statistics

*To*: mathgroup at smc.vnet.net*Subject*: [mg5835] statistics*From*: Wouter Meeussen Vandemoortele CC R&D <wmn.vdmcc at vandemoortele.be>*Date*: Tue, 28 Jan 1997 03:42:59 -0500*Sender*: owner-wri-mathgroup at wolfram.com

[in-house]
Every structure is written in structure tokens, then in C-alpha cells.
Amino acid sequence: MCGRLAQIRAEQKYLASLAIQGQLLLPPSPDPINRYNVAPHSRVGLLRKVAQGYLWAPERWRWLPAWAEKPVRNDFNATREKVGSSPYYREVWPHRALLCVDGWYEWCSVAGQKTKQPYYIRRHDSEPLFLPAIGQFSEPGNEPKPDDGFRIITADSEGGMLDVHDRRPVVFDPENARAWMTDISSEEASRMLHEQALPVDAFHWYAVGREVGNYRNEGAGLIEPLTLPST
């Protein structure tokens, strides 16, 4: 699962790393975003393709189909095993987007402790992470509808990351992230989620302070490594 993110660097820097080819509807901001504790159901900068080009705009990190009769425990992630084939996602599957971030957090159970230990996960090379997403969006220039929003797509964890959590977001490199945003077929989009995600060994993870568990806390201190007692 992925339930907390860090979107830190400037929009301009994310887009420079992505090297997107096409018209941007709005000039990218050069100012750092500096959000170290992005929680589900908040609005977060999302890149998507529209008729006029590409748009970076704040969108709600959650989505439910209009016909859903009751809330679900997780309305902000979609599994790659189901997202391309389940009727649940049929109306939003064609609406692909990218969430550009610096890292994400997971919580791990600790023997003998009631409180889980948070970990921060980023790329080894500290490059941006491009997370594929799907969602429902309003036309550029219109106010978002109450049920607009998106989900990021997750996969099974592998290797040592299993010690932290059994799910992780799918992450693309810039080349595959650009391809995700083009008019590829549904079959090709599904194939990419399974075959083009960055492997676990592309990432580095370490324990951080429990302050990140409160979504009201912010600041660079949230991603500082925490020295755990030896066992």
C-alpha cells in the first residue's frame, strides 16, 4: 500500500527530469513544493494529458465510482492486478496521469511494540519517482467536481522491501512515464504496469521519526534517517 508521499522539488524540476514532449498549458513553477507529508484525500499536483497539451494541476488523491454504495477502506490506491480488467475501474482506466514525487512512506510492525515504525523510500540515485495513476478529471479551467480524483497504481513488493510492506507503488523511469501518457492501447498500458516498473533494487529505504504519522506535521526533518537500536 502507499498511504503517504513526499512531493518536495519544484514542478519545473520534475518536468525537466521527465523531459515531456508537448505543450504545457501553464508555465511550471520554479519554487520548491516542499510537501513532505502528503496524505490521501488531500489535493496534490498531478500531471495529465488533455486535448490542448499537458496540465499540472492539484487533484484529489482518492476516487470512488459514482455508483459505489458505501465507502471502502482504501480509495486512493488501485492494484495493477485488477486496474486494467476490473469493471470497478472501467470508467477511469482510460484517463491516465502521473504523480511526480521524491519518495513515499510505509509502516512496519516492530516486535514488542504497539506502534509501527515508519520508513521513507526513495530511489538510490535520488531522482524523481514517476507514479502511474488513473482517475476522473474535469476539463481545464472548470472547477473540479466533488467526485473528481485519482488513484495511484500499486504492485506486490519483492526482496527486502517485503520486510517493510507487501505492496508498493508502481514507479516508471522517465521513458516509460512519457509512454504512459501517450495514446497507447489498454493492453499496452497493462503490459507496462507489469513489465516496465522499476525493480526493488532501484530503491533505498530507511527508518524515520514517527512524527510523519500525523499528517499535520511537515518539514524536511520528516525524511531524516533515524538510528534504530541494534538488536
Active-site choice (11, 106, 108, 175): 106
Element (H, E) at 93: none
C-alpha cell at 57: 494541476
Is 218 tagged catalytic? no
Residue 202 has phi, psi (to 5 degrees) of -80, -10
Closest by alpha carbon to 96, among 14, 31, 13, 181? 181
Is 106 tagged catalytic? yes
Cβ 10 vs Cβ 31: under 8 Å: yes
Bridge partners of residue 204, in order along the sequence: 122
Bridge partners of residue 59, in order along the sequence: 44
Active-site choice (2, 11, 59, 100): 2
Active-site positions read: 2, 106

hi, I've never been more than ankle deep into statistics. After reading P. Abbot's item in "In[] and Out[]" of a year ago about expectation values of statistic functions, I wonder if an analytic solution is known for the following old conceptual problem of mine : Make a short list (=sample) of n=4 gaussian random numbers with mu=m and sigma=s, calculate the Mean, Variance, Skewness, Kurtosis and Maximum of this list; Repeat the above procedure many times (10 000 times or so) to get the expected distributions (average & standard deviation) of the Mean, of the Variance, ..etc. Do I end up with normal gaussian distributions ? It can be argued that the Central Theorem implies so. But with what variances in each case ? Repeat the above with n={4,9,16,25,36,49,64,81,100} in order to find the dependence on n, experiment seems to show that: Expected Mean -> m +/- 1.00 s/Sqrt[n] Expected Sqrt(Variance) -> s +/- 0.38 s/Sqrt[n] Expected Skewness -> 0 +/- 2.32 1/Sqrt[n] Expected Kurtosis -> 0 +/- 4.31 1/Sqrt[n] If this assumption is correct (in form), then what are the 0.38, 2.32 and 4.31 analytically? Wouter, NV Vandemoortele Coordination Center Group R&D Center Prins Albertlaan 79 Postbus 40 B-8870 Izegem (Belgium) Tel: +/32/51/33 21 11 Fax:+32/51/33 21 75 vdmcc at vandemoortele.be